Reforming school education in rural India

M. Shuheb Khan

In July, the Supreme Court quashed theappointment of 1.32 lakh primary teachers in Uttar Pradesh (UP) who were regularised from ad hoc Shiksha Mitras by the previous state government. The Court quashed their being made full-time teachers, citing that they did not fulfil minimum qualification criteria and weren’t appointed against sanctioned posts.


The judgment has created uncertainty not just for the Shiksha Mitras– people who hadn’t passed any teacher eligibility test and originally hired on contract to assist professional teachers – but also for the primary education system in a state, where almost 52 per cent of students at the elementary level are already enrolled with private schools.The recent past has seen large-scale migration of students from government to private schools, even in rural areas. The latest ruling, if anything, may only further accelerate privatisation of primary education.


The key factors responsible for the above trend areapathetic attitude of government teachers made worse by abysmal qualifications of new recruits, low and uneven teacher-pupil ratio,and lack of sanitation, classroom infrastructure and other basic amenities.  Private schools, on the other hand, have marketed the presence of committed teachers, focus on English language, transport facilities, etc. to lure parents. This was given added impetus by rising rural incomes, particularly during the last decade, as captured by a story in this newspaper (http://bit.ly/28Yd1Jb).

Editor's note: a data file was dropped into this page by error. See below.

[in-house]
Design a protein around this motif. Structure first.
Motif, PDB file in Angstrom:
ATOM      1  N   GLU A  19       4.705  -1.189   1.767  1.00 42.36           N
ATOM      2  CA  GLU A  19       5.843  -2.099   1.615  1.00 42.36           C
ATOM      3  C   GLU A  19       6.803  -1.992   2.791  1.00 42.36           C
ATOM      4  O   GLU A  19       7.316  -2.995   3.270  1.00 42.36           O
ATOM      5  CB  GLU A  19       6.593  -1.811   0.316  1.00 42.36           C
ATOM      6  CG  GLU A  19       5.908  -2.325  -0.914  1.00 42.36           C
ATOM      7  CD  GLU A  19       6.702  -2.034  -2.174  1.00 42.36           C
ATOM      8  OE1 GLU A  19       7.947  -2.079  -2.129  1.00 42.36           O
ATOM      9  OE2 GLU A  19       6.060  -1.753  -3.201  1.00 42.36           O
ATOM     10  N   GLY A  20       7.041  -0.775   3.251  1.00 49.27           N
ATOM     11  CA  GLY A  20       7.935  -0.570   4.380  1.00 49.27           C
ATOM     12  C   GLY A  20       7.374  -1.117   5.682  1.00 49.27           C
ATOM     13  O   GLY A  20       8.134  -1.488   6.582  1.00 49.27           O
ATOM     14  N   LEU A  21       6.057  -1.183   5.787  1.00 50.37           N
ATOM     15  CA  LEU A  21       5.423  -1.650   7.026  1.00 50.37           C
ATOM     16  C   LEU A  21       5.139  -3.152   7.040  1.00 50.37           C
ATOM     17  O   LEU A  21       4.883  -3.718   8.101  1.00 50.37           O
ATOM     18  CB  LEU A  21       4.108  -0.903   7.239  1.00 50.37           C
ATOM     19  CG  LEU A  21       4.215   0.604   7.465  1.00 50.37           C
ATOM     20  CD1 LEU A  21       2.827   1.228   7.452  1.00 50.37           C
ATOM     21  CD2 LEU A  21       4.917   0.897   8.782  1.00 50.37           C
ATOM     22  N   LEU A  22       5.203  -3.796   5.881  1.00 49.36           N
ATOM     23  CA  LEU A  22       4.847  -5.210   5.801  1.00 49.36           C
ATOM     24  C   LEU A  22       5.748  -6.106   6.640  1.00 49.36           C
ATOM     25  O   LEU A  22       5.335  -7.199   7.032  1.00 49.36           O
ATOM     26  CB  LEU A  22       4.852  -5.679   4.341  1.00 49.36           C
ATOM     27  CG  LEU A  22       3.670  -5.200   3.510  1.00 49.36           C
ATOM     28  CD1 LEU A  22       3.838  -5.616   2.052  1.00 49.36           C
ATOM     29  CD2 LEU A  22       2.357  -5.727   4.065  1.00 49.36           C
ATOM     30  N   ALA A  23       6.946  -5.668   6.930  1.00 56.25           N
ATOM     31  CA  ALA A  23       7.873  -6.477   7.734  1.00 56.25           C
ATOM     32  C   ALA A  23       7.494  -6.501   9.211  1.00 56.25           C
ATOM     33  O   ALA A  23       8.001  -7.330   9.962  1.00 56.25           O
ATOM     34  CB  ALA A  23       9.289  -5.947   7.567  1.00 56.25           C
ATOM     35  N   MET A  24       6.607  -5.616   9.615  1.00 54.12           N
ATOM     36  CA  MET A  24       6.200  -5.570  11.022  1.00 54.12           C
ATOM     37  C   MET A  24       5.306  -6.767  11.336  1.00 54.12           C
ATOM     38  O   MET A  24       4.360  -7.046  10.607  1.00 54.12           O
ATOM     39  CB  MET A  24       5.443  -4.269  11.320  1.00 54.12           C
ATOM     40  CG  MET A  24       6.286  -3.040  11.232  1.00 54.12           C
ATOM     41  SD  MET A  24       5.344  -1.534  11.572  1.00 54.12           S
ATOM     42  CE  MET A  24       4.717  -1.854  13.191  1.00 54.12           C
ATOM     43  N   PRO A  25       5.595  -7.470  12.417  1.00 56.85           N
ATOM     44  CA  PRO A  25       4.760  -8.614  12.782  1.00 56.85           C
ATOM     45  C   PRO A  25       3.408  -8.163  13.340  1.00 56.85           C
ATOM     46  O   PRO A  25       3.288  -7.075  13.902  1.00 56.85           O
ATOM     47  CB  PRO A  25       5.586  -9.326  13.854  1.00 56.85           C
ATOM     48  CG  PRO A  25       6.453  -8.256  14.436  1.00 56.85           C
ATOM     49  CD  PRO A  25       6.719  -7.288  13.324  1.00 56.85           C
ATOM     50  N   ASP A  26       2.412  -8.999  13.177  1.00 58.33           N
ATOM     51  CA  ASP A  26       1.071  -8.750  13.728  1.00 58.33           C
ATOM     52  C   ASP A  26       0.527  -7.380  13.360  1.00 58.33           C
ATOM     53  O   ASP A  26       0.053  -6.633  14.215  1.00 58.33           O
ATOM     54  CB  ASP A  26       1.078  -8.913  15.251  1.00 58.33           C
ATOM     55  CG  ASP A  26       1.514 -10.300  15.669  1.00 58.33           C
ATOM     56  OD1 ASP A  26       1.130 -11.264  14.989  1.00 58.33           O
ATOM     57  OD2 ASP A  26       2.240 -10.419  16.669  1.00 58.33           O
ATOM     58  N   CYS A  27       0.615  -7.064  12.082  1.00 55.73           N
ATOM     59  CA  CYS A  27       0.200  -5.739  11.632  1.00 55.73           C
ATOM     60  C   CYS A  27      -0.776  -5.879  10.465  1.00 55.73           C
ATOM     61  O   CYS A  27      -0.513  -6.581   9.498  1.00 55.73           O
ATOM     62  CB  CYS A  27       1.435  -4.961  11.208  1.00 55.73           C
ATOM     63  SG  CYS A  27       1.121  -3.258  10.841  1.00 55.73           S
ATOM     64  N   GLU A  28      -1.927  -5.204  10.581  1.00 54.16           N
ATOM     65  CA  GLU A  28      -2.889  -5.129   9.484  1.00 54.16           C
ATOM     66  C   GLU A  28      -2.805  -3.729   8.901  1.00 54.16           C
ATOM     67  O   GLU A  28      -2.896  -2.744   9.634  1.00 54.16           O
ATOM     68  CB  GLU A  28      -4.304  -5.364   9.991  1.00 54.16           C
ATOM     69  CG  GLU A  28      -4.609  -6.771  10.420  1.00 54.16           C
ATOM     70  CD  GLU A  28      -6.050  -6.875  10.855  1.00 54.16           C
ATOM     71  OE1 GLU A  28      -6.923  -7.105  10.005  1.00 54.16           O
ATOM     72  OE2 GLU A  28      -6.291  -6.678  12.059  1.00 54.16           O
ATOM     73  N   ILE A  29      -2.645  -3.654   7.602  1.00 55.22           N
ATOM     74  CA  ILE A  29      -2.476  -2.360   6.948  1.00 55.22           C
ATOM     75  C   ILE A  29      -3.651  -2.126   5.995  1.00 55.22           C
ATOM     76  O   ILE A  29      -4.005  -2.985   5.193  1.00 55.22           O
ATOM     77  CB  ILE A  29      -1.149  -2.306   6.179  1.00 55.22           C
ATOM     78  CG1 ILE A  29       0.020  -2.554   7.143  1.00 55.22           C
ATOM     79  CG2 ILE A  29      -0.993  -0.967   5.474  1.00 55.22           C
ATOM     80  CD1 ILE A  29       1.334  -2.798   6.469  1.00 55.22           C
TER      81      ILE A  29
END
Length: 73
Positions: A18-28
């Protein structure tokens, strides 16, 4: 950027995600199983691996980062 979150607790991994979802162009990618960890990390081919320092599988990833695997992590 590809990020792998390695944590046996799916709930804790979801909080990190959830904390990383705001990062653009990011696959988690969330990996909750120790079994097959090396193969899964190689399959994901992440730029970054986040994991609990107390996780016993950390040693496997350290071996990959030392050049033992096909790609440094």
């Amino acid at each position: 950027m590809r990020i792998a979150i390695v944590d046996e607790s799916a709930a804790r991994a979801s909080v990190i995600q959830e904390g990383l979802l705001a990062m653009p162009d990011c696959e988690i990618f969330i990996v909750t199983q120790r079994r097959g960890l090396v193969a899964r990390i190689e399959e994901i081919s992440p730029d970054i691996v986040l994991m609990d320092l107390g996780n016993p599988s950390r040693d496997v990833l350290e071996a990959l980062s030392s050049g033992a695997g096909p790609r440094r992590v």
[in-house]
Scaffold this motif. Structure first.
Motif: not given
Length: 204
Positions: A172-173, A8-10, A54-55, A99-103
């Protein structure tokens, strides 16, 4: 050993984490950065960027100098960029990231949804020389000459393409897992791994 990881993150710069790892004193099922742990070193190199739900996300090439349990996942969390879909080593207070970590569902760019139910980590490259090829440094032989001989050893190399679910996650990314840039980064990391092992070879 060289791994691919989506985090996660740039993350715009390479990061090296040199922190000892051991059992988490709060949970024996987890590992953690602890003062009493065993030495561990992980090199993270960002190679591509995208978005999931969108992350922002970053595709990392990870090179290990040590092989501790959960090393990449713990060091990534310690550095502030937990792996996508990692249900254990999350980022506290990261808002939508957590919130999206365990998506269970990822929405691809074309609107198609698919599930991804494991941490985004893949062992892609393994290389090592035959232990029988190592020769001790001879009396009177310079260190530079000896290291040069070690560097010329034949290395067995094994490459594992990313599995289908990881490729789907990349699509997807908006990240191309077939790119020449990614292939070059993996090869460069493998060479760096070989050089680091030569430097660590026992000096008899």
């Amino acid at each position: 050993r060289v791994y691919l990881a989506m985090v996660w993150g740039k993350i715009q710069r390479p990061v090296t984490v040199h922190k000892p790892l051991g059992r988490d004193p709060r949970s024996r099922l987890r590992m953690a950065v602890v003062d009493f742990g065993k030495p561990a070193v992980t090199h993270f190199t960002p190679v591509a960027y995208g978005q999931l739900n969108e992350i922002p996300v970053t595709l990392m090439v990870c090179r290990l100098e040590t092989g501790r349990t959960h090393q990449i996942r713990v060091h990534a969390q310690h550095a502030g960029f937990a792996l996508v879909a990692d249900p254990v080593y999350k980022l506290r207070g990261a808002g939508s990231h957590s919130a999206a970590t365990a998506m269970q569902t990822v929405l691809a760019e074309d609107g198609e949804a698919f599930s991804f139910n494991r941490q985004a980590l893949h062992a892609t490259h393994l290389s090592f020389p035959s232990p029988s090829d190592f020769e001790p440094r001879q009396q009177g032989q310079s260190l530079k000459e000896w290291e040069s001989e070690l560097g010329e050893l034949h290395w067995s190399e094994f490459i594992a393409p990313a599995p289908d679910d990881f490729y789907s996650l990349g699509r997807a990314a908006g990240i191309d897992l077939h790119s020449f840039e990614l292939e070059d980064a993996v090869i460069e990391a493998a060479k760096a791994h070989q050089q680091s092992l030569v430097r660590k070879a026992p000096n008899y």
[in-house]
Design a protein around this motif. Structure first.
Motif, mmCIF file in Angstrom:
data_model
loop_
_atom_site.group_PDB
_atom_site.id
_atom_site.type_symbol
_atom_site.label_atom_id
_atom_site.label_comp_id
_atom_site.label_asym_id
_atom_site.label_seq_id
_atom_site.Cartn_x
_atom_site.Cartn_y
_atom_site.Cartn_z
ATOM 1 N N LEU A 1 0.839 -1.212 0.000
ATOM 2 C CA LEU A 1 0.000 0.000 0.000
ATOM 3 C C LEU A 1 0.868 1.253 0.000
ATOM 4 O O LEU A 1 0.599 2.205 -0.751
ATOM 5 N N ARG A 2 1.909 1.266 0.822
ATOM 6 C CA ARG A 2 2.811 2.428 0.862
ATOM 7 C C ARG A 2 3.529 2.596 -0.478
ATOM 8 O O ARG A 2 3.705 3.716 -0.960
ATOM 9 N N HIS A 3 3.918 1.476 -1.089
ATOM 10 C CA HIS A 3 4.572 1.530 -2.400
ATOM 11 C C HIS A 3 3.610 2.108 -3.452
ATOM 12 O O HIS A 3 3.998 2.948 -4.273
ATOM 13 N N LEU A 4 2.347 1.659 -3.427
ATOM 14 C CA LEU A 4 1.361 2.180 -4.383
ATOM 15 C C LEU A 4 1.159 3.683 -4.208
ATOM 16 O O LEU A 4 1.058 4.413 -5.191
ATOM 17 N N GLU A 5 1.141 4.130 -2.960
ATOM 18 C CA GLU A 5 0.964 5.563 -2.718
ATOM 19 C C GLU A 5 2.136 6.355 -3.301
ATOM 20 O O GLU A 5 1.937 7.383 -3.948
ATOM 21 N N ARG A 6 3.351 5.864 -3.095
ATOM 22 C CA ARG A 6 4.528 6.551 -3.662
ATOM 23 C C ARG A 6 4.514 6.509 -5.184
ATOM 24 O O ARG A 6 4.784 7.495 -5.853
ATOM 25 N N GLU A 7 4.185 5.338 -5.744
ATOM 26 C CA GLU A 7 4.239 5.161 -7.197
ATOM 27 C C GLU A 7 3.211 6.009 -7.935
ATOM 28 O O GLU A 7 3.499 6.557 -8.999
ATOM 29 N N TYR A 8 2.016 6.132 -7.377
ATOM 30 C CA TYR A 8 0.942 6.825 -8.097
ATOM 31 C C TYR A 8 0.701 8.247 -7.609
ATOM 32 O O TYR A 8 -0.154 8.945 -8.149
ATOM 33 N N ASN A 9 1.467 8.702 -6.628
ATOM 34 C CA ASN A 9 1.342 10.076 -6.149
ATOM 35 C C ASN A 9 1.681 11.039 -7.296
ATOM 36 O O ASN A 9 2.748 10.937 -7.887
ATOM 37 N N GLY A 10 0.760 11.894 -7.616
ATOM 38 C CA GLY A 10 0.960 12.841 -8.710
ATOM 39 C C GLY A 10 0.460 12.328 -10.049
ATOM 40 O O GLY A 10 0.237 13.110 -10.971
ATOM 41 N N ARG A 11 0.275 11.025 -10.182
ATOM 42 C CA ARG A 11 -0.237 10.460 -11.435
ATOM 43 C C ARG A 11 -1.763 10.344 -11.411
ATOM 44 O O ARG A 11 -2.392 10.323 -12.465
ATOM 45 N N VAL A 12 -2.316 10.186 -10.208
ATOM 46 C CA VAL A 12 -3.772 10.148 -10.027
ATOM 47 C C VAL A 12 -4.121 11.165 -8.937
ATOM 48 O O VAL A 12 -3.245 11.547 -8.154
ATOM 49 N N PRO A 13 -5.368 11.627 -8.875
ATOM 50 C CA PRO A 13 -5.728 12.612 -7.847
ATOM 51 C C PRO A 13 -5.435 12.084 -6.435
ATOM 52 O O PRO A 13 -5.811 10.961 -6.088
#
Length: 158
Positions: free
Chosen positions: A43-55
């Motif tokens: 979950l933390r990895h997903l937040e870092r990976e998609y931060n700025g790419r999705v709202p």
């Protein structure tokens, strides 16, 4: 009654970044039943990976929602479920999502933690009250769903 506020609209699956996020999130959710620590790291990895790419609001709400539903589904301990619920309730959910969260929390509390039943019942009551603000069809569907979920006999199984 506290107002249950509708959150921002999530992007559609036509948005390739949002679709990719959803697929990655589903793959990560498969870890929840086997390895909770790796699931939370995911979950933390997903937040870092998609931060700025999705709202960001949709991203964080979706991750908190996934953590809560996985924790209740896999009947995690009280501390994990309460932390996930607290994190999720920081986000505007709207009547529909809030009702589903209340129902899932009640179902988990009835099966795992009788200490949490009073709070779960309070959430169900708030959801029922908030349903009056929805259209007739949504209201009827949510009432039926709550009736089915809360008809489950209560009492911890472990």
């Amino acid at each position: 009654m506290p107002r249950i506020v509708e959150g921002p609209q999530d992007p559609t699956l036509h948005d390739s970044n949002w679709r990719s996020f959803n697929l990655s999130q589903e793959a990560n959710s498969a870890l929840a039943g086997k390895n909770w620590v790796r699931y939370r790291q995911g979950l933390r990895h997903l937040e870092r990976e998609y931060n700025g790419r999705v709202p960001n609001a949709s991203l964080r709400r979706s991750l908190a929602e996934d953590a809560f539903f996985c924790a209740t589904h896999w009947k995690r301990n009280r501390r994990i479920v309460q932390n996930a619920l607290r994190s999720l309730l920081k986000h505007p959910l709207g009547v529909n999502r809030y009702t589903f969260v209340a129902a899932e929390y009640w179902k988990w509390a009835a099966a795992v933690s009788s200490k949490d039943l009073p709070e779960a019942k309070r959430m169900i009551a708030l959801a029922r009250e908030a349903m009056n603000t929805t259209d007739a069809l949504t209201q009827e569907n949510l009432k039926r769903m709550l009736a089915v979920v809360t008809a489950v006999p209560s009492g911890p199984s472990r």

One indicator of the extent of deterioration that has taken place is a draft report (‘Guidelines for Rationalisation of Small Schools across States for Better Efficiency’) from the Ministry of Human Resource Development (MHRD). It shows as many as 2.50 lakh primary (class 1-5) and upper primary (6-8) government schools in India having less than 30 students. These numbers have, in fact, risen significantly in the last few years (see chart). Moreover, thepicture could be even grimmer, with an ongoing Aadhaar unique identification number-based enrolment of students likely to throw up many fictitious/ghost pupils in the government schools system.



Source: MHRD (July 2017)


Given the resultant wastage of resources, the MHRD has proposed rationalisation through merging of small schools. As enrolment levels in these schools are in any case low, the move is unlikely to encounter any major public opposition. But such rationalisation might improve the student-per-school numbers in the short run; if the systemic issues remain unaddressed, the problem of low enrolment would only resurface in the medium and long term.

It is often argued that one way to check privatisation – especially of the unhealthy kind now being witnessed – is to simply hire more teachers in government schools. But that, under the prevailing incentive and accountability systems, is unlikely to work, more so in rural areas.Theauthorities can also ensure that teachers attend schools, but can they be made to take on more responsibility? Government school teachers can always justify poor academic performance of students by citing lack of motivation because of their coming mostly from marginalised sections of the society. It is really difficult to separate the impact of lower teacher commitment fromthe apparent poor motivation of students in government schools. Even if teachers’ slackness is established, service rules make it virtually impossible to reduce their salary, leave alone terminate employment. On the other hand, the system isn’t equipped to identify and reward committed teachers.